Waterford councillors blast 'bleak week' for Government climate plans

Justin Kelly

Reporter:

Justin Kelly

Email:

news@waterfordlive.ie

Waterford councillors blast 'bleak week' for Government climate plans

Waterford councillors blast 'bleak week' for Government climate plans

The Green Party in Waterford has branded the last seven days as a ‘bleak week’ for the Government’s ambitions to tackle climate change after two of their flagship goals of the Climate Action Plan ran into funding barriers. 

"On Wednesday last, news broke that the had SEAI informed applicants that it was suspending funding for its deep retrofit scheme as well as consideration of applications for funding previously received. Then, on Thursday, a government spending review revealed that funding to incentivise the purchase of Electric Vehicles under Project Ireland 2040 looks set to run out as soon as 2021," Green Party councillor, Marc Ó Cathasaigh, explained.

He believes that this points both to "a lack of joined-up thinking and to a lack of urgency on the part of the Government."

"The collapse in funding for the deep retrofitting scheme is a slap in the face for those who are making the effort to improve the energy rating of their homes," Cllr Ó Cathasaigh said.

"People have already invested in applying for the scheme and now are being told the money has run out. Coming months after the Government launched its Climate Action Plan, it makes a mockery of any attempts by Minister Richard Bruton to take climate change seriously."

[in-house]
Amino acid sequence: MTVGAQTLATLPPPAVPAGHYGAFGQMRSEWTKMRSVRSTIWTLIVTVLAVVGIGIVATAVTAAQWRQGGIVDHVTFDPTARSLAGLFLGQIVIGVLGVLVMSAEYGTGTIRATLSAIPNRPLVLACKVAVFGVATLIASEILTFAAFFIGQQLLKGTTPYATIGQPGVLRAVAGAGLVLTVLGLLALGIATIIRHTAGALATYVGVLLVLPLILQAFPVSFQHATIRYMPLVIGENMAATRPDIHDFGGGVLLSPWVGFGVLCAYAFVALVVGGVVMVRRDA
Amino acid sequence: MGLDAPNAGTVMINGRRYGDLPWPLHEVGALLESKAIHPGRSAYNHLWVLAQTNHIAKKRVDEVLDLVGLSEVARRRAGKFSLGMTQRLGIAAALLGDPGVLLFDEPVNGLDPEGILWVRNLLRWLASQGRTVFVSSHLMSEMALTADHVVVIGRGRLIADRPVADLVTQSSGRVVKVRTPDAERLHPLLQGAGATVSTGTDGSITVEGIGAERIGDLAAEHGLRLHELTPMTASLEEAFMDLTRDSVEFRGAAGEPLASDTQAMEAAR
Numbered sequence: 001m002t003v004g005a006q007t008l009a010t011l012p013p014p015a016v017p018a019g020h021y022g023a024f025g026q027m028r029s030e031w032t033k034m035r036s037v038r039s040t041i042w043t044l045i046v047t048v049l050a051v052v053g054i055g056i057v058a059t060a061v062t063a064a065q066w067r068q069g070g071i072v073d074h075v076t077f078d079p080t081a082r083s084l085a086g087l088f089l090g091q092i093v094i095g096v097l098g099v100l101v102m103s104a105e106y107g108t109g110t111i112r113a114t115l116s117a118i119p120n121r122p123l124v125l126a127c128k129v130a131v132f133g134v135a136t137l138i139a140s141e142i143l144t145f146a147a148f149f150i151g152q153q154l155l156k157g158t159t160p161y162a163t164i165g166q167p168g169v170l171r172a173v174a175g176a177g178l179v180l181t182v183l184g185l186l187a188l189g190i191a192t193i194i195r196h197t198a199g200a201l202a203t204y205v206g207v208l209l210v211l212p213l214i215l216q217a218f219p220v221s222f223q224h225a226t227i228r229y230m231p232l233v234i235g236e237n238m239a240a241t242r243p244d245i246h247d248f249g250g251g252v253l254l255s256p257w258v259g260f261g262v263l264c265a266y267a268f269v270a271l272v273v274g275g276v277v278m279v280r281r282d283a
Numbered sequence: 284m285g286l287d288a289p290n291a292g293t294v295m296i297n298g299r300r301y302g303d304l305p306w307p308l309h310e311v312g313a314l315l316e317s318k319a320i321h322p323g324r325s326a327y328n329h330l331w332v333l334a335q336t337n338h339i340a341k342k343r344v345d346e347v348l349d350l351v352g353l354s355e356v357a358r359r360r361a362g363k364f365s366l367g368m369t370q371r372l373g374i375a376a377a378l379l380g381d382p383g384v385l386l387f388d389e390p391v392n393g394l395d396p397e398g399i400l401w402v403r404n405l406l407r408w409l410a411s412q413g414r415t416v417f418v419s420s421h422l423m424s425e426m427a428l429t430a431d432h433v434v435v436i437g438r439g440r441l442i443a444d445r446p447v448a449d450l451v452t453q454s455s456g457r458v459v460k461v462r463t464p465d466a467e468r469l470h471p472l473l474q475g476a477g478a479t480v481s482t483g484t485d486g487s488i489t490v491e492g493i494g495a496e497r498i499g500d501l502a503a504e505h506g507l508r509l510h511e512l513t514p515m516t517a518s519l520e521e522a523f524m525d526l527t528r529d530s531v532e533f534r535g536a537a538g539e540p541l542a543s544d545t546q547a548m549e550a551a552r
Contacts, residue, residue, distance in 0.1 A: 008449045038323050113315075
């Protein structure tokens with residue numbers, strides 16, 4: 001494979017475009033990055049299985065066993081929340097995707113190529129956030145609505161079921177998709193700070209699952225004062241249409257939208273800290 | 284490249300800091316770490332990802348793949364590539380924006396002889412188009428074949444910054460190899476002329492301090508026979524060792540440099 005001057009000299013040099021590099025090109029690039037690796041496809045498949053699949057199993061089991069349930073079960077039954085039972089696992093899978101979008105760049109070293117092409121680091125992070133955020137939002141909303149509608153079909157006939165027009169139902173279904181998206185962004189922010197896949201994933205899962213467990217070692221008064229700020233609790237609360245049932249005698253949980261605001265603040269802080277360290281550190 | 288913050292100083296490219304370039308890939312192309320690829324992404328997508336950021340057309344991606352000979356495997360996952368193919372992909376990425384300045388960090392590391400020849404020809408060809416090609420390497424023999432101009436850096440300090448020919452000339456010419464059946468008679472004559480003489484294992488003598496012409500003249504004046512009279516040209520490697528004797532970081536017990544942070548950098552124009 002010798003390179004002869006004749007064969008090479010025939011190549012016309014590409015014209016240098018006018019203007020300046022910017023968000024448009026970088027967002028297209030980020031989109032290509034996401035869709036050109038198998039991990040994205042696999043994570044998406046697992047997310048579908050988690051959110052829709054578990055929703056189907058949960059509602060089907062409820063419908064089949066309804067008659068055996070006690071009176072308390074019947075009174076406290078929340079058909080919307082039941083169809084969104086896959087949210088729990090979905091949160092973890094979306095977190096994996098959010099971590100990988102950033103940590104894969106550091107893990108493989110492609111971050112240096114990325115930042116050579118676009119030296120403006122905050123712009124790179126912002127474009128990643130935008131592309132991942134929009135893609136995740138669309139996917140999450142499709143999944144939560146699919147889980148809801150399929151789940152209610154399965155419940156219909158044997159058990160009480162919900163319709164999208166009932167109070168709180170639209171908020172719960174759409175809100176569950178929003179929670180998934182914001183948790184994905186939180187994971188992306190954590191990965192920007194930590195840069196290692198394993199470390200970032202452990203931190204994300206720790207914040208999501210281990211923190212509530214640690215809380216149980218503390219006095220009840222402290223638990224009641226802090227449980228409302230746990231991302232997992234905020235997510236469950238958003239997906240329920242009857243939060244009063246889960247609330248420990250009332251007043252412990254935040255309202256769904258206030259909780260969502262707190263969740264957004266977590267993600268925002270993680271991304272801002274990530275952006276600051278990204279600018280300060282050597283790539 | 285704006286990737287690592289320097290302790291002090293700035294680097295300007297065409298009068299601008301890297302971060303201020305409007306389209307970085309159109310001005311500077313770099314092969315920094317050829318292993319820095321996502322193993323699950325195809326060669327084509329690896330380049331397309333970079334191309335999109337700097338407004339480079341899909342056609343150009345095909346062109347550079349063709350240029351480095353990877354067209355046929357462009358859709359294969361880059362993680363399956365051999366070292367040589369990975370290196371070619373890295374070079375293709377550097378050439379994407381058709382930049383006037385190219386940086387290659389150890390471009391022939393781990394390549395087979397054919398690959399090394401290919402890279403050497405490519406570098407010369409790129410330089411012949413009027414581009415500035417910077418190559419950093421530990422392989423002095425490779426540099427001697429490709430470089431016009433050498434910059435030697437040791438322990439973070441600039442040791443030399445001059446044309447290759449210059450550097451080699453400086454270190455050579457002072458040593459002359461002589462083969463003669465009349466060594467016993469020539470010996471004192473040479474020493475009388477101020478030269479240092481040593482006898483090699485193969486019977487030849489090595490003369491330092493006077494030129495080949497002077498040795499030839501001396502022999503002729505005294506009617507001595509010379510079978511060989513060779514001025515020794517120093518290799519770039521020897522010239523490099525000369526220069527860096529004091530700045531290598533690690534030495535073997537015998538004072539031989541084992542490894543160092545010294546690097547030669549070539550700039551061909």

“It can’t be the case that these homeowners, who moved ahead with renovations in good faith, are left in the lurch. The Government must now sit down with the SEAI and ensure funding is made available. Seventeen firms were approved to deliver projects under the Deep Retrofit Pilot programme."

"This is a bleak time for them and their staff. I am asking that any homeowners in Waterford who have been affected to make contact so that I can make sure their cause is represented."

Meanwhile, Cllr. Jody Power has taken aim at the Government’s target of putting 1 million Electric Vehicles on the road by 2030.

“We can see from the Government’s own spending review this week that the implications of this goal just haven’t been thought through. The pot of money set aside under Project Ireland 2040 is set to run dry in less than two years time, and the report itself raises questions about whether the incentives offered represent value for money in terms of return on investment in tackling climate change," Cllr Power said.

“Incentivising new car sales benefits the more well off in our society. We’d prefer to see that investment going towards improving our public transport, both in our cities and in our rural areas, as well as upgrading and expanding our pedestrian and cycle infrastructure. These are investments that benefit people all across our society, not just the more well off."